PetMeds® How to Help a Dog or Cat with a Split Nail

 
Filed under Dr. Dym's Vet Blog
Apply pressure to the nail and cut the nail to prevent it from splitting any further Another common scenario seen in the veterinary clinic and which veterinarians often see on an emergency basis is the alarming symptom where one or more of the toenails split down to the base of the nail leading to bleeding, acute lameness, and pain for the pet. While trauma can play a role in these situations, many dogs have brittle nails which will often spontaneously split on their own without any known cause or trauma. The panic comes when the dog cries out in pain or the nail bleeds for several minutes.

The best advice I can give clients is to remain calm and simply apply pressure to the affected nail for 5-7 minutes. In the vast majority of cases, simple direct pressure and patience is all that is needed to stop the bleeding. Certainly a soft wrap or bandage can be placed on the foot at home, which can remain in place for 24 hours. If the nail breaks at an angle and/or remains split, it is best to cut the nail right at the point of splitting which while painful to the pet, it is only brief, but is necessary for proper healing and future regrowth of the affected nail.

Many pet stores sell over the counter pet supplies to facilitate healing and lessen bleeding time. If in doubt, certainly your veterinarian can clip the nail at the point of splitting and apply a soft wrap, but this is a condition that many animal guardians can be taught to handle at home, in order to avoid the expenses of a veterinary visit. If a pet continuously breaks off or splits their nails on a more frequent basis, then a full medical workup at the veterinarian is needed to rule out underlying medical, hormonal, or autoimmune conditions that could be underlying causes.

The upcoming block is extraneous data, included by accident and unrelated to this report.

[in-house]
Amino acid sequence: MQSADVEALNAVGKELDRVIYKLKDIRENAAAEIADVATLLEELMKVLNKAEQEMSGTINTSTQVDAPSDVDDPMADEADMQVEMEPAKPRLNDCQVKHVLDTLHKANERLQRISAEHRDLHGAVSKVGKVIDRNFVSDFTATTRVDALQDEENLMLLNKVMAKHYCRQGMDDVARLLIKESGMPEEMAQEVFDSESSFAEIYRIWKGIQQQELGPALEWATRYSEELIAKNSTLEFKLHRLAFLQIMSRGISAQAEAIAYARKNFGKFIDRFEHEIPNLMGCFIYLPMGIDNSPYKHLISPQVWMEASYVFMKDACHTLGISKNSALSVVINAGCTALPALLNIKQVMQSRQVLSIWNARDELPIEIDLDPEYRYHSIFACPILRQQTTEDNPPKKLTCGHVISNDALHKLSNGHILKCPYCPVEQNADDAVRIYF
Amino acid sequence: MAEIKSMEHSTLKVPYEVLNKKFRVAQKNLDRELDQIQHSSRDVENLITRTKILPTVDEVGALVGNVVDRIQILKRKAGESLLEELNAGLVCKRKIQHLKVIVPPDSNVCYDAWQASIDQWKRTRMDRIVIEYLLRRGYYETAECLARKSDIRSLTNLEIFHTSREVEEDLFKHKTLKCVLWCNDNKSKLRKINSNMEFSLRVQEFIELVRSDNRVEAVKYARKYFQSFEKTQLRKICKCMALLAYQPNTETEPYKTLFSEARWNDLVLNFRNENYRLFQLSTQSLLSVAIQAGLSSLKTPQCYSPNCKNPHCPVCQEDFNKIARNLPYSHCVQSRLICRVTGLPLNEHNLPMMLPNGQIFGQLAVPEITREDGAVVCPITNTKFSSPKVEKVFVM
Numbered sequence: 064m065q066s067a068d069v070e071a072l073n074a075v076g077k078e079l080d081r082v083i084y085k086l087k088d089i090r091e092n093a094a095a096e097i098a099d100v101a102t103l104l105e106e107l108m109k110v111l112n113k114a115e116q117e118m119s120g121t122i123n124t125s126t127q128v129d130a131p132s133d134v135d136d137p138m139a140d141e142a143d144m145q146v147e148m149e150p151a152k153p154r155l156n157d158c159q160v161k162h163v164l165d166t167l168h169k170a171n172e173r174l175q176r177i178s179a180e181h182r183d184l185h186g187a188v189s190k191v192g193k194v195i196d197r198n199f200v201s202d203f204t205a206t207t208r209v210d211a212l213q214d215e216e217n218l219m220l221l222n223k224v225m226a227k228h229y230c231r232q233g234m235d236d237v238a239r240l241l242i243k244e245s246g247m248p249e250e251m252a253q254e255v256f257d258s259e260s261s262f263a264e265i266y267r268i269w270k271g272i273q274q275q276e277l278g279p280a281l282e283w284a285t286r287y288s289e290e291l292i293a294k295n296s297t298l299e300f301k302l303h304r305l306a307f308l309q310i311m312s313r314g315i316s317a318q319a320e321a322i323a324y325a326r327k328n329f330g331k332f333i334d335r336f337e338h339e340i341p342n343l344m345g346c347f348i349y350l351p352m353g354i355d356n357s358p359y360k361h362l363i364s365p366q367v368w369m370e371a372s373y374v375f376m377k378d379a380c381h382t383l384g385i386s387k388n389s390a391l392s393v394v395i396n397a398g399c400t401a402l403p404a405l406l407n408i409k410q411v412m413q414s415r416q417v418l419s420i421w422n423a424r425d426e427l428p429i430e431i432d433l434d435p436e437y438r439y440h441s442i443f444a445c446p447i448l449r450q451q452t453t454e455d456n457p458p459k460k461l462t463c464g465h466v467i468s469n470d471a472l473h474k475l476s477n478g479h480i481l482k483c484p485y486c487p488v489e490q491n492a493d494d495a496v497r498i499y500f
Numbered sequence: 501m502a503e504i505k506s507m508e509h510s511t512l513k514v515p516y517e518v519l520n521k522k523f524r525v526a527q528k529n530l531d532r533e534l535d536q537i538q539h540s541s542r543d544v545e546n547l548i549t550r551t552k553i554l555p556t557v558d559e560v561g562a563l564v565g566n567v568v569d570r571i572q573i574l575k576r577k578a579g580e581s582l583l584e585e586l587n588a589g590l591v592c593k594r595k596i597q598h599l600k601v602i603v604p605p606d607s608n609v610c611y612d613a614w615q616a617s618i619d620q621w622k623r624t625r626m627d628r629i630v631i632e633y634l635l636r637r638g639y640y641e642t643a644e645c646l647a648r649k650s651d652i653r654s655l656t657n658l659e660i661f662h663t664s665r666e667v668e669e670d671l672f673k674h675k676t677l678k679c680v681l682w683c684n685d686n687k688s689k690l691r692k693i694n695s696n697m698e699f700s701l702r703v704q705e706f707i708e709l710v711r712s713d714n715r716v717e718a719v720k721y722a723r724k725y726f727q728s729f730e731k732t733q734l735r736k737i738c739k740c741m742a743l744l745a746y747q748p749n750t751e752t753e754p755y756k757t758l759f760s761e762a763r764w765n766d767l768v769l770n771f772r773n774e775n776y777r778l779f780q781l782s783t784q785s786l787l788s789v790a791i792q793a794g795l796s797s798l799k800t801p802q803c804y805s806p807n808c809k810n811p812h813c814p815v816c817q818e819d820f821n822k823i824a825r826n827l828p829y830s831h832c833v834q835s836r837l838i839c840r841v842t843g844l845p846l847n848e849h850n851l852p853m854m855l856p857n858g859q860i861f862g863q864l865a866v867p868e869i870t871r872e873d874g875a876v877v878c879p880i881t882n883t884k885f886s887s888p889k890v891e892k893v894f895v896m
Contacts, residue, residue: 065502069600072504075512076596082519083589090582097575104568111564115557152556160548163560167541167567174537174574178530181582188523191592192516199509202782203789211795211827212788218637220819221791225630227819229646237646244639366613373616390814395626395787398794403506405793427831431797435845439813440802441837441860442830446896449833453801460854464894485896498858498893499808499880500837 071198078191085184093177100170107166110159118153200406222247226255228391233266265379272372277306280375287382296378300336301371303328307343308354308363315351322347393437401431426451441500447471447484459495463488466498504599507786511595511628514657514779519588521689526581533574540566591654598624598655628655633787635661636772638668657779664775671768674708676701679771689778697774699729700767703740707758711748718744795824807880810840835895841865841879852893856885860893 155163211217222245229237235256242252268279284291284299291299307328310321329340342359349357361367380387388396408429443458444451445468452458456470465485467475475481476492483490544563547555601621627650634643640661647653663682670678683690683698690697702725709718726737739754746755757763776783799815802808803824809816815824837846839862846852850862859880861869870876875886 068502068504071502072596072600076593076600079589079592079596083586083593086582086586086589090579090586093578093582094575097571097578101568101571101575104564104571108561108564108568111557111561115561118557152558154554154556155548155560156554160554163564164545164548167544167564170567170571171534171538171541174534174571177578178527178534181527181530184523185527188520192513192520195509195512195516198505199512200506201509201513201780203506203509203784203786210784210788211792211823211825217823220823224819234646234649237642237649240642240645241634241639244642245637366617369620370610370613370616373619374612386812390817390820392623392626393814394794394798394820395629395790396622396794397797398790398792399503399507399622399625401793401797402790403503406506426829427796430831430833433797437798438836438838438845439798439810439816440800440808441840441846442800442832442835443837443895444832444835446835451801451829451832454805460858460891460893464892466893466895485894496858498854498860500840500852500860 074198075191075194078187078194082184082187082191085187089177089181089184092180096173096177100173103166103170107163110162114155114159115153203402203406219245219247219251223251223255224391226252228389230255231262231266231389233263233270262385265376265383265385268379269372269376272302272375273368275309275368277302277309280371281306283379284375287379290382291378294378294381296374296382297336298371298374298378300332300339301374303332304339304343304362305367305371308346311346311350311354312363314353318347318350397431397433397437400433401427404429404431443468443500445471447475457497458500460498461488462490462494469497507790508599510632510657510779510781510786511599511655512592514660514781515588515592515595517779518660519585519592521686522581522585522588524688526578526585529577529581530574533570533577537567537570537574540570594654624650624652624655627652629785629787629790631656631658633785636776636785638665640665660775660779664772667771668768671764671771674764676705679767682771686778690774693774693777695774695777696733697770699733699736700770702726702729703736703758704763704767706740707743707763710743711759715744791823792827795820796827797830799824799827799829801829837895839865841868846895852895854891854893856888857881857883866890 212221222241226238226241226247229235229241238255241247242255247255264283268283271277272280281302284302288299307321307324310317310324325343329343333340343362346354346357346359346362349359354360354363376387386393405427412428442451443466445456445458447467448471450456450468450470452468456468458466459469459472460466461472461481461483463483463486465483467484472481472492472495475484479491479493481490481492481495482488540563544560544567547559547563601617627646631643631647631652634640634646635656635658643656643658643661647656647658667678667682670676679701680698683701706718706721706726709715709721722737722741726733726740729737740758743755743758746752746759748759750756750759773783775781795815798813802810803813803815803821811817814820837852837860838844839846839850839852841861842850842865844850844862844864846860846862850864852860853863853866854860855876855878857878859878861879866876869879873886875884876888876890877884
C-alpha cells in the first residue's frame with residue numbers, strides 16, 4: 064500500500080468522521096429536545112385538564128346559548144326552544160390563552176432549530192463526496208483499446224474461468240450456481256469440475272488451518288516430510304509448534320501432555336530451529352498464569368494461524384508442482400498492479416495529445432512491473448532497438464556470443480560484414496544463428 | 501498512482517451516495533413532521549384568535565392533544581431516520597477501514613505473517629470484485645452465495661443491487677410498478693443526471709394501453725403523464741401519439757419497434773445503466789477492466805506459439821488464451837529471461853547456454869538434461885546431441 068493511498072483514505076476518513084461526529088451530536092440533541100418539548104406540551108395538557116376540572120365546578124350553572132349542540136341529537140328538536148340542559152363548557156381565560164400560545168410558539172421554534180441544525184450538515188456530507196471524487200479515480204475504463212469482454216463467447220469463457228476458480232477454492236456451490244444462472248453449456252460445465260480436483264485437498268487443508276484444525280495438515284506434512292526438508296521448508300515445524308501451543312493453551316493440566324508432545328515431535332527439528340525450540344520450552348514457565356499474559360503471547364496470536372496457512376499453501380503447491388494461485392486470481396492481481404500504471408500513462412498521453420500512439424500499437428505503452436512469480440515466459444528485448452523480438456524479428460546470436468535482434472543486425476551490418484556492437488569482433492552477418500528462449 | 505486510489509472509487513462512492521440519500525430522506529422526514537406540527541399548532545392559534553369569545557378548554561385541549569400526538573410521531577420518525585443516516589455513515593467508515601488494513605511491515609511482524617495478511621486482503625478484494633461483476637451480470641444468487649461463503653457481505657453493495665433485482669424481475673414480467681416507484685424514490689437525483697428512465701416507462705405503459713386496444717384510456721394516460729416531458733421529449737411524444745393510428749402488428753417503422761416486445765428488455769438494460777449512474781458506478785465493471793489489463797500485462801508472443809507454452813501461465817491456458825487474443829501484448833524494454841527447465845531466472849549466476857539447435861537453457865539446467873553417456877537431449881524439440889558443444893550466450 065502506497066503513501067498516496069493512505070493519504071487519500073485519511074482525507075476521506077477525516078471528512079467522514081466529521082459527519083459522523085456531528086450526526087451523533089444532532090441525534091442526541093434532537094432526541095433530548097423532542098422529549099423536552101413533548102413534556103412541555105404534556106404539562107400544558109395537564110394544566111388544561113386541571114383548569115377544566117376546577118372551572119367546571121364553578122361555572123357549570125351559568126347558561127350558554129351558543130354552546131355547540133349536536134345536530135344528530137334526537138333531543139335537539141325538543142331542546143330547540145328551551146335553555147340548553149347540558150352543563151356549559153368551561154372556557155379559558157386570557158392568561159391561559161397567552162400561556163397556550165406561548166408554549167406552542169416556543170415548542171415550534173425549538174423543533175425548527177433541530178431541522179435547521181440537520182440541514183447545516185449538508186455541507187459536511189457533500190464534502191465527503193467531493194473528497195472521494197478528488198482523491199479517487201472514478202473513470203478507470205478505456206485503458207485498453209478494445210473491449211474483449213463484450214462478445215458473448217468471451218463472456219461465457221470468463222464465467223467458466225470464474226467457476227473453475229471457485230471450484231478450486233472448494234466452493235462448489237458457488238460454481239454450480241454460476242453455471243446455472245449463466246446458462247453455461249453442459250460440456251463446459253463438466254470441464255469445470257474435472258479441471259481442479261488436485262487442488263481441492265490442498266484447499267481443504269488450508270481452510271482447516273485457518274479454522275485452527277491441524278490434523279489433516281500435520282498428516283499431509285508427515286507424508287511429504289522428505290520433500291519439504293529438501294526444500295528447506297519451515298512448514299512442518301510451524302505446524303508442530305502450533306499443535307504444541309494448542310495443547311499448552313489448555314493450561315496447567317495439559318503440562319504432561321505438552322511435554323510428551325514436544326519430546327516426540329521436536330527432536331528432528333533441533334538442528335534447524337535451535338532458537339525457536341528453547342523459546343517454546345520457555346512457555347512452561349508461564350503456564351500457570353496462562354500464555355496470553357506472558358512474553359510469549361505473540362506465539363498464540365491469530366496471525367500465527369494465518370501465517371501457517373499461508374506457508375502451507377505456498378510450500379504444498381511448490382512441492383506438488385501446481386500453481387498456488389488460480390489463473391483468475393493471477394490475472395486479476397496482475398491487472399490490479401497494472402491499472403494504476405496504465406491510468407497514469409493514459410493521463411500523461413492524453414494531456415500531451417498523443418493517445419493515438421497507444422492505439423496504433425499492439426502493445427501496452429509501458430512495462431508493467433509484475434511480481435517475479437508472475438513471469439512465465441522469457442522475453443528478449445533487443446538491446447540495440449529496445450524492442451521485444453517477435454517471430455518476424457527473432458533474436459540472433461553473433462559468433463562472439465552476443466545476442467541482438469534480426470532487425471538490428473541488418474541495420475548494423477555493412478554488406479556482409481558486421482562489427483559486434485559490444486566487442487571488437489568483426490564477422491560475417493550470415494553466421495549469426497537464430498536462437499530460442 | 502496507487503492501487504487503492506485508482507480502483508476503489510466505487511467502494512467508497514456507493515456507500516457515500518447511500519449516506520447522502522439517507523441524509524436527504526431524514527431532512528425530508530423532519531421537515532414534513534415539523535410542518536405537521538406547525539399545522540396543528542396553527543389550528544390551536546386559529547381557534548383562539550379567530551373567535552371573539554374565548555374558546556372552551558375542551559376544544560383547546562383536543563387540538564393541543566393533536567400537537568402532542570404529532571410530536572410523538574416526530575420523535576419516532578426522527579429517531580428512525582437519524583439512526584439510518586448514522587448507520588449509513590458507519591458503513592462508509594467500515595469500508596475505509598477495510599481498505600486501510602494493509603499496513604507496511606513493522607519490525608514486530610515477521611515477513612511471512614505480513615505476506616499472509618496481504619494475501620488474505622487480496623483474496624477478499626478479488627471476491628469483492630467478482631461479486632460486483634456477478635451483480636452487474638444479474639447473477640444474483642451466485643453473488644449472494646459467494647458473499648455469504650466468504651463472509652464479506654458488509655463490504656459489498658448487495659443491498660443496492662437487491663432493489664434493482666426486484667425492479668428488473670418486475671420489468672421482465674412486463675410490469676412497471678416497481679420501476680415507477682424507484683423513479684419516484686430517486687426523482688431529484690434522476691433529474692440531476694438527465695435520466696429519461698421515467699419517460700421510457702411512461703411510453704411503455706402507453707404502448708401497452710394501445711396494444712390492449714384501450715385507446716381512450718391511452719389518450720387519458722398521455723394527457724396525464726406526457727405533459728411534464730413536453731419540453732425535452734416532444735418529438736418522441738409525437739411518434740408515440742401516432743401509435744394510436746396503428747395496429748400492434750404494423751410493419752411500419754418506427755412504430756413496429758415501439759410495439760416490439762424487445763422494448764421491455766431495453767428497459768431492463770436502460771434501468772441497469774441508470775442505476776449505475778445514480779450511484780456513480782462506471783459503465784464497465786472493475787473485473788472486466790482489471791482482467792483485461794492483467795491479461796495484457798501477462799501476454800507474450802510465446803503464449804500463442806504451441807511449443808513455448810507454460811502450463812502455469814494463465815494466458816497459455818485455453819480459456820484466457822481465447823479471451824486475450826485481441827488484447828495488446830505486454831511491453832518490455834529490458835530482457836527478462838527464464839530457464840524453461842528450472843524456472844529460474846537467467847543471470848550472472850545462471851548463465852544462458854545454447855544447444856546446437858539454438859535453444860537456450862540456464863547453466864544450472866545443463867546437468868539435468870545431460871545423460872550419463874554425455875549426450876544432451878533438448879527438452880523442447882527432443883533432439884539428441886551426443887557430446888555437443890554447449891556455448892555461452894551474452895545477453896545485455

Read Related Posts on PetMeds® Blog:

  1. PetMeds® Helping a Bleeding Dog or Cat
  2. How to Stop Your Pet’s Bleeding from a Minor Wound
  3. Paw Pad Injuries
  4. PetMeds® Benefits of Grooming Your Dog or Cat
  5. Tail Injuries in Dogs

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